“same sky,” empowering women

Economically empower a woman—you change her, her family, her community, her country… and eventually, the social & economic fabric of the entire world.

On Inside Edition last night, not a program I usually sit and watch, more like I glance at the screen as I’m walking through the living room. When something is of interest though, I’ll sit on the edge of the closest chair. If it’s worth watching, I may settle in for a few minutes. Mention of “Same Sky,” an organization that helps empower the women of Rwanda caught my eye. So I gave my full attention to the broadcast.

In 1994, 800,000 Rwandans were massacred. During this genocide, women were enslaved as sex victims. As a result they were inflicted with the HIV virus. Bearing children, these new mothers were unable to care for their offspring because they suffered the effects of the disease. Filmmaker Francine Le Franc was moved to help these women help themselves, and their families. Le Franc began “Same Sky,” a cooperative wherein the women learned to crochet. With their newfound skill, they were able to make beaded jewelry. The necessary tools are shipped from the U.S., and the finished pieces shipped back for sale in retail stores, and at home parties, and trunk shows. 100%of the proceeds are put back into the business, thereby enabling more women the opportunity to participate.

Le Franc decided “Same Sky” was a befitting name for the business venture, because ALL women live under the same sky. “They see the same stars and the same moon. Every woman. One dream.” TV host Deborah Norville remarked, “And they’re sold for a profit. This is not a charity operation.” Le Franc added “It’s a trade initiative, not an aid initiative. It’s a hand up, not a hand out.”

Check out the SAME SKY website for further information, and see familiar faces, like those below, who have joined in supporting the cause. The jewelry may be a little pricey for most of us, but for an extra special gift, they might just work. Nonetheless, we can join in celebrating the self-liberating, empowerment of these women of Rwanda…hugmamma.

Halle Berry in Seafoam     

Goldie Hawn in Butterscotch and Jade Green

Ben Affleck in Men's Wrap

Katie Couric in Clear Sky

Ann Curry in Caviar

Chelsea Clinton in Seafoam

Fran Dresher in Fire Red

Meryl Streep in Starry Night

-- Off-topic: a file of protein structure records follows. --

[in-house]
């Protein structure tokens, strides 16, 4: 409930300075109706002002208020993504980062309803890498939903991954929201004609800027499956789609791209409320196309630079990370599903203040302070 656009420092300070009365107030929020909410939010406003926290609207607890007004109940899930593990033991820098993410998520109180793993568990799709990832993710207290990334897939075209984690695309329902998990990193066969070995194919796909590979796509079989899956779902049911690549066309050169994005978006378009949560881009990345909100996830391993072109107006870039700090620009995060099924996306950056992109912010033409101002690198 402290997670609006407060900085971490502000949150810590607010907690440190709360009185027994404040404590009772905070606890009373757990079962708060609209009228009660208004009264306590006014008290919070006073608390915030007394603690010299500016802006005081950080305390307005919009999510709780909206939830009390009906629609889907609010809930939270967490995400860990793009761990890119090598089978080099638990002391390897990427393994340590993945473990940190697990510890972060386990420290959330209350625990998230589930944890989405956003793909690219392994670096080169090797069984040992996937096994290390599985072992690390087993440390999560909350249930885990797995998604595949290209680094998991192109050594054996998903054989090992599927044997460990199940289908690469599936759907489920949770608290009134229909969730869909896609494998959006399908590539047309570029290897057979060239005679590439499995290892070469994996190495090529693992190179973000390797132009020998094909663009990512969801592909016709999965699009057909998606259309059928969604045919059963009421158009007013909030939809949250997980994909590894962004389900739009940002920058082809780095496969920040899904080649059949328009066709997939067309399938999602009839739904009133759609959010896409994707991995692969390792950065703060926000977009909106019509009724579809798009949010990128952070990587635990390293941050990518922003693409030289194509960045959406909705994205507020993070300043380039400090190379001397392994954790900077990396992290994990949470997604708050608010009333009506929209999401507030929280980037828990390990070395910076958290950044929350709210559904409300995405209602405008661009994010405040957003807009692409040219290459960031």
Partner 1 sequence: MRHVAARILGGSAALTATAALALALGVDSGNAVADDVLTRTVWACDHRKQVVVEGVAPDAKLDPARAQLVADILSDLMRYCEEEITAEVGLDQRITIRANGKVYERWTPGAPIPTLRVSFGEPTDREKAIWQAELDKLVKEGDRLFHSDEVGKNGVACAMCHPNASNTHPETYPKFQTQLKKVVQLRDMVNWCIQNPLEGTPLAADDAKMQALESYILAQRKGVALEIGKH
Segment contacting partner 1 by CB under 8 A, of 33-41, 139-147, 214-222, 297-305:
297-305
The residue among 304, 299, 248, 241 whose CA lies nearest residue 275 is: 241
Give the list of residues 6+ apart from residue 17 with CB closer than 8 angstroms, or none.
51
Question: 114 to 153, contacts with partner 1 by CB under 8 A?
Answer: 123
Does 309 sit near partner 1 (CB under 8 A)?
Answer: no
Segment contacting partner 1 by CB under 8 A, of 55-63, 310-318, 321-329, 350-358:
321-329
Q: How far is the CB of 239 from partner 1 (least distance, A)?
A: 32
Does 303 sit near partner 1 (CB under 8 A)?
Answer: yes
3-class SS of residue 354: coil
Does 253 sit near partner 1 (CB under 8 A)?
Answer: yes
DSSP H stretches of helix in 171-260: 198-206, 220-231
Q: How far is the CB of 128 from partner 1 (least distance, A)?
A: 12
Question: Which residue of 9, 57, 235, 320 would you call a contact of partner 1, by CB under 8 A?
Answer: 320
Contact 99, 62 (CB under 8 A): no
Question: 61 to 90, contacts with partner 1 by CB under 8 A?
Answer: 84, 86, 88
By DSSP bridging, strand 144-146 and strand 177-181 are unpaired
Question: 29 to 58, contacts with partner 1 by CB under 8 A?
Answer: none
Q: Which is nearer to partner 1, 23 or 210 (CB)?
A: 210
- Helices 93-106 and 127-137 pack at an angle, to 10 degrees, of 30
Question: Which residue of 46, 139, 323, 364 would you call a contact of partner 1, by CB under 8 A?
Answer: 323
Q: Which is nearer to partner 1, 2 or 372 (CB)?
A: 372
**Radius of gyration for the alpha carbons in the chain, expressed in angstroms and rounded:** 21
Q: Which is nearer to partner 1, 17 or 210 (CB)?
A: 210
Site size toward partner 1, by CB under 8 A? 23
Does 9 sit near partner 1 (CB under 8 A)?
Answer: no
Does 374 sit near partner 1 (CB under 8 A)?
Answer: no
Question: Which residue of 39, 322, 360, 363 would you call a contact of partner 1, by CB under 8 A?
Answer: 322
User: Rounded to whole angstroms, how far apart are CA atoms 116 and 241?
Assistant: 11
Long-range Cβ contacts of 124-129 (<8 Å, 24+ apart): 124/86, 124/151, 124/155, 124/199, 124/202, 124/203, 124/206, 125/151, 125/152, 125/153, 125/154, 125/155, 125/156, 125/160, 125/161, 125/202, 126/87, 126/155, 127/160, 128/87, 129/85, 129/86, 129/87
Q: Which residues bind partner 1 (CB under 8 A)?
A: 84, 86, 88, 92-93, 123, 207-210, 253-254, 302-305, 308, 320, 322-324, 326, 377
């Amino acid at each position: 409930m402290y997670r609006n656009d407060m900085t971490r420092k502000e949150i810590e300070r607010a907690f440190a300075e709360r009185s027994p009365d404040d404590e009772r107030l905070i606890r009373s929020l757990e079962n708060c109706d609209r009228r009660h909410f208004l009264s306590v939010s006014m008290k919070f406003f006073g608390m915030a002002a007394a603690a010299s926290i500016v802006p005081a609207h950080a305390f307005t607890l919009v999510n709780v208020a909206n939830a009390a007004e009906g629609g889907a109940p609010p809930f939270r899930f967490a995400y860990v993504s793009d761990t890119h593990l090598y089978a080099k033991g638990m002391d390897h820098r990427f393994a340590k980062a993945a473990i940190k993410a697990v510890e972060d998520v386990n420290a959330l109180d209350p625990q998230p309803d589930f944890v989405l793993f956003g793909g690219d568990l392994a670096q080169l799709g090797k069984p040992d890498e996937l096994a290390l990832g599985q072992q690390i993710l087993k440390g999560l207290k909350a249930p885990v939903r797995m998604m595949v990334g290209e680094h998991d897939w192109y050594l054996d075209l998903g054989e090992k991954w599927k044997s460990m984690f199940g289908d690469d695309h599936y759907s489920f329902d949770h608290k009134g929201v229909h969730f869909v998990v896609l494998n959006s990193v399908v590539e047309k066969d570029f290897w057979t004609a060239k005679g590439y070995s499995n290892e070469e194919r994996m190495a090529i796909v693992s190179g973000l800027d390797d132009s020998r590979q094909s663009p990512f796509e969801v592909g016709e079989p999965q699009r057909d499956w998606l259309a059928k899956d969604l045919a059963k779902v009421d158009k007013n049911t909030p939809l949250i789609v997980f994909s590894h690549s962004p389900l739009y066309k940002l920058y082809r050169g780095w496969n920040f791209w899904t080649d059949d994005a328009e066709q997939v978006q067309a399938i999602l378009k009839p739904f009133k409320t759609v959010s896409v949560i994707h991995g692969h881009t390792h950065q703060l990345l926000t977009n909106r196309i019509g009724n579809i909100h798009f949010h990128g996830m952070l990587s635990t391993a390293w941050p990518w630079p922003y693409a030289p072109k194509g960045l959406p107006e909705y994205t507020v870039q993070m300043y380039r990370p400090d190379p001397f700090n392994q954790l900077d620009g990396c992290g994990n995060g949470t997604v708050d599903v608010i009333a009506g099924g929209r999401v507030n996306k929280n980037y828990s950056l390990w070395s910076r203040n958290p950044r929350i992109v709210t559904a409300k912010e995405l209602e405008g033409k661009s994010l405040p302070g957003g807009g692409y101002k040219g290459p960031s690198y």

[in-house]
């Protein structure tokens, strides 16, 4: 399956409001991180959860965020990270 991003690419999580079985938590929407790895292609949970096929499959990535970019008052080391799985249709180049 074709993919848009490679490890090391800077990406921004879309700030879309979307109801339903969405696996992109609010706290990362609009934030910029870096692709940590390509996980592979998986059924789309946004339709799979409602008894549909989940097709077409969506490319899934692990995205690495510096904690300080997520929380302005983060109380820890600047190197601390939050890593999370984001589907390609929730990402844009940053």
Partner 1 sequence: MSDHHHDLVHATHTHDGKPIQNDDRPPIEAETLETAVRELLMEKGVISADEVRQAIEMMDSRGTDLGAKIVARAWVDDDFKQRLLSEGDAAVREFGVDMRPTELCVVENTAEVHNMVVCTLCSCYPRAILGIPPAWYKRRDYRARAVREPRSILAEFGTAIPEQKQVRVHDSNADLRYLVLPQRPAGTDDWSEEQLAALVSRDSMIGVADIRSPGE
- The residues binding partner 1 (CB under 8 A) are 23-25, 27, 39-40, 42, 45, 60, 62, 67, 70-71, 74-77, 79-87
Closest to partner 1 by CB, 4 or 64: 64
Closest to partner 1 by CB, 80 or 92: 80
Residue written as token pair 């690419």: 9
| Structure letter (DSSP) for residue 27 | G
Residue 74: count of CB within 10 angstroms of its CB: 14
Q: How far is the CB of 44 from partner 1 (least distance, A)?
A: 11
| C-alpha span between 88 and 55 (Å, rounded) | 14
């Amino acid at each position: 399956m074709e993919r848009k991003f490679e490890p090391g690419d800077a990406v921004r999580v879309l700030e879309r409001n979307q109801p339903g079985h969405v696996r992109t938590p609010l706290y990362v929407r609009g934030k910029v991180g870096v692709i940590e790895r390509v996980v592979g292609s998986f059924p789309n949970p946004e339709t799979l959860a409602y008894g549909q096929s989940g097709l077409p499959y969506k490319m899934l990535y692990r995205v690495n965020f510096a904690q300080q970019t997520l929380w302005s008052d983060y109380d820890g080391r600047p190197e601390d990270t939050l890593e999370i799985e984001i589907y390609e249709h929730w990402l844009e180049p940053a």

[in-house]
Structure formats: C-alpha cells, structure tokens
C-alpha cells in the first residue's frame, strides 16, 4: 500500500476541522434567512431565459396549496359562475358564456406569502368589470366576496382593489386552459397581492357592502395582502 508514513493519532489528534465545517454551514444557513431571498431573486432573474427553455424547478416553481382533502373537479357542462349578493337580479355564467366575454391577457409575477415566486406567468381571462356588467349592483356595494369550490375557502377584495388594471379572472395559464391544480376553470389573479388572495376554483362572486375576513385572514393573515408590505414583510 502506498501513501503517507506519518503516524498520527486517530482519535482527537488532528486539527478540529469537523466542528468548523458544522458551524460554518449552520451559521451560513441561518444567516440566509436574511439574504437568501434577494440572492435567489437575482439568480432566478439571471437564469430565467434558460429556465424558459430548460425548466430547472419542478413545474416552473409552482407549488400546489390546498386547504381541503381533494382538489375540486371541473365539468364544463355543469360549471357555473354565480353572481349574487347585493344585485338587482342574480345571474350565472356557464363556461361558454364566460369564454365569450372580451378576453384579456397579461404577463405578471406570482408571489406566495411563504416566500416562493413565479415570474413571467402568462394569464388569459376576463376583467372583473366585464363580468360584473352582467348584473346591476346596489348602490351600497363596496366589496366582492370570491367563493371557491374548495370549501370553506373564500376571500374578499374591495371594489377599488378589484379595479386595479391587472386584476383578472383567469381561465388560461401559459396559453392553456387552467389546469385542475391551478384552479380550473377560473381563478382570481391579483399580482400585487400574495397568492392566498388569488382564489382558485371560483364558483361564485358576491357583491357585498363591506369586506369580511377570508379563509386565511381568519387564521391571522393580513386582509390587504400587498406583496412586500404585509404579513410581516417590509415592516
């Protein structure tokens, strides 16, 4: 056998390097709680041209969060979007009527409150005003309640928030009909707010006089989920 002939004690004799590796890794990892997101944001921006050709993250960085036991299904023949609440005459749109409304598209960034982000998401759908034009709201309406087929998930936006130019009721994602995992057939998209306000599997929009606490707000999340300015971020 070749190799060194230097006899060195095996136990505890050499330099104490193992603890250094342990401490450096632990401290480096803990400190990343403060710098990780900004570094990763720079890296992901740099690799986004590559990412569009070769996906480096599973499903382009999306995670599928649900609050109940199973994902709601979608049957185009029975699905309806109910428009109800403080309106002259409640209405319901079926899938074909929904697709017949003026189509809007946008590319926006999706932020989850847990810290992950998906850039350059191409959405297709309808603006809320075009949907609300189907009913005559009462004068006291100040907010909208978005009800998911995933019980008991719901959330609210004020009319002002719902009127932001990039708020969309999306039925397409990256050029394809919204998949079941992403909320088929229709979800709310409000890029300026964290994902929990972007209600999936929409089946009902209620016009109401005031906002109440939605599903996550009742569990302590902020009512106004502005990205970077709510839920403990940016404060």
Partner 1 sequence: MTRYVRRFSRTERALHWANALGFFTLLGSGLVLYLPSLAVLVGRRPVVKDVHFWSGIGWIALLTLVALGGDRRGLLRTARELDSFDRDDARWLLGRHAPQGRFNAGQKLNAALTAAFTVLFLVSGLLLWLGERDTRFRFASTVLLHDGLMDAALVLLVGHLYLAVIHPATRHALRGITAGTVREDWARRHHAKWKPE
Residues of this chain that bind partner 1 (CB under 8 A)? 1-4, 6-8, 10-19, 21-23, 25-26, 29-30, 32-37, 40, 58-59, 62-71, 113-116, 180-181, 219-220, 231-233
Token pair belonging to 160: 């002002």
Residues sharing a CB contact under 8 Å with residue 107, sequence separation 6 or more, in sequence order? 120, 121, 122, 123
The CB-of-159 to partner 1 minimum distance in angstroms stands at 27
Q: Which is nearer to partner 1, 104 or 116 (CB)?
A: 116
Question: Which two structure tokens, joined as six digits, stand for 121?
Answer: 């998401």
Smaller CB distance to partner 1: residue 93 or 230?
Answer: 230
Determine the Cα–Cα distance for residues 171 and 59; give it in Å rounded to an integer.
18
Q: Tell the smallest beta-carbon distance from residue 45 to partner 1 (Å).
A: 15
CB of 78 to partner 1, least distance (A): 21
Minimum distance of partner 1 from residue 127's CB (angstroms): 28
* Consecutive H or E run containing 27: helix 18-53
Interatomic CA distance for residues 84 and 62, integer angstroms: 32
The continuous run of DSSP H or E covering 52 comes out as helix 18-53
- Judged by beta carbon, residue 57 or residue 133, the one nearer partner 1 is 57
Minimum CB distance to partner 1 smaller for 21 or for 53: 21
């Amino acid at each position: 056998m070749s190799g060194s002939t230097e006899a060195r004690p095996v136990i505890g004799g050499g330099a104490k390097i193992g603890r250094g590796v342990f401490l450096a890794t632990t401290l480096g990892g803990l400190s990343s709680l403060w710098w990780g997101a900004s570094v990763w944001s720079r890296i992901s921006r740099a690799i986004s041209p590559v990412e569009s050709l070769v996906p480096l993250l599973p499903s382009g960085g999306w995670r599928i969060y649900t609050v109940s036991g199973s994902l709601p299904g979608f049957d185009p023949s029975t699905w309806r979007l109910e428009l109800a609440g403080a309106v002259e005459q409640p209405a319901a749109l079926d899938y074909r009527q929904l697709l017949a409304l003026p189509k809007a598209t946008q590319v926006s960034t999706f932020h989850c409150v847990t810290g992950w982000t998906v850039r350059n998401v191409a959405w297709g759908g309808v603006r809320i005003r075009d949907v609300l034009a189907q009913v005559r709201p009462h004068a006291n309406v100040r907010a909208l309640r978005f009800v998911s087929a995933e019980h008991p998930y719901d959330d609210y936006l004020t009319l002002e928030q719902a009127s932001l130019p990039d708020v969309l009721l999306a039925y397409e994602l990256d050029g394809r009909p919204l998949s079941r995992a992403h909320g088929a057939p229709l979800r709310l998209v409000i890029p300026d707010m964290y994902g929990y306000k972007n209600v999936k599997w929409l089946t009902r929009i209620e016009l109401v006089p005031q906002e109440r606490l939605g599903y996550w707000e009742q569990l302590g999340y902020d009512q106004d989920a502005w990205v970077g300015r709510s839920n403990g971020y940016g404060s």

Queen Latifah in Chocolate Brownie

Jesse Jackson in Men's Wrap

Joan Collins in Fire Red and Starry Night

Geena Davis in Sky Blue

Donna Karen in Fire Red (photo by Joe Kohen/Getty Images)

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“something in common,” an actor and a homeless songwriter

Just saw the Academy Award‘s tribute to singer/actress Lena Horne, with actress Halle Berry doing the honors. Ending the segment was a black and white flashback of Ms. Horne singing “Stormy Weather.” When the picture faded, the screen was left with words attributed to her.

It’s not the load that breaks you down; it’s how you carry it. 

While they undoubtedly speak to the centuries-old African-American struggle, they seem equally befitting of the plight of the homeless in our society. Ms. Horne was the first black actor to sign a long-term contract with MGM studios. Perhaps someone like Chris Scott, a formerly homeless songwriter will be the breakthrough star on behalf of all those living on the streets, or in less than adequate or desirable housing.

Happy Homeless Camper
by Chris Scott (formerly homeless songwriter)
chrisfieselman@aol.com

On October 28th, 2010, I had all my possessions confiscated and disposed of by the powers that be–for the second time. This song was written on October 29th, the day after.

Like a leaf on the wind blowing down the street
Backpack carrying everything I need
Like a Bedouin gypsy or refugee
Always seem to catch them staring at me
Well I do OK to make it through the day
But it’s a fight to survive the night
Find a little place that’s out of the way
And try to stay out of sight

Can a happy homeless camper find
A place to lay his head
A tent’s protection from the elements
And a sleeping bag for a bed
I don’t need a lot…Just a little spot…
And I promise not to make a mess
Can a happy homeless camper find
A place to lay his head

Now trying to get by and live a simple life’s
Not as easy as it seems
There’s a price to pay when you live this way
Trying to chase your dreams
Find a good spot in the woods that’s not
A problem or disturbing the peace
And sooner or later someone’s gonna make you
Pack up all of your stuff and leave
Usually it’ll be the police

Can a happy homeless camper find
A place to lay his head
A tent’s protection from the elements
And a sleeping bag for a bed
I don’t need a lot…Just a little spot…
And I promise not to make a mess
Can a happy homeless camper find
A place to lay his head

Why can’t they leave well enough alone
We’re trying to make it on our own
In the struggle to survive
We’re fighting for our lives
With no place to stay and no place to call home

Can a happy homeless camper find
A place to lay his head
A tent’s protection from the elements
And a sleeping bag for a bed
I don’t need a lot…Just a little spot…
And I promise not to make a mess
Can a happy homeless camper find
A place to lay his head

know anyone in need of a lyricist?…hugmamma.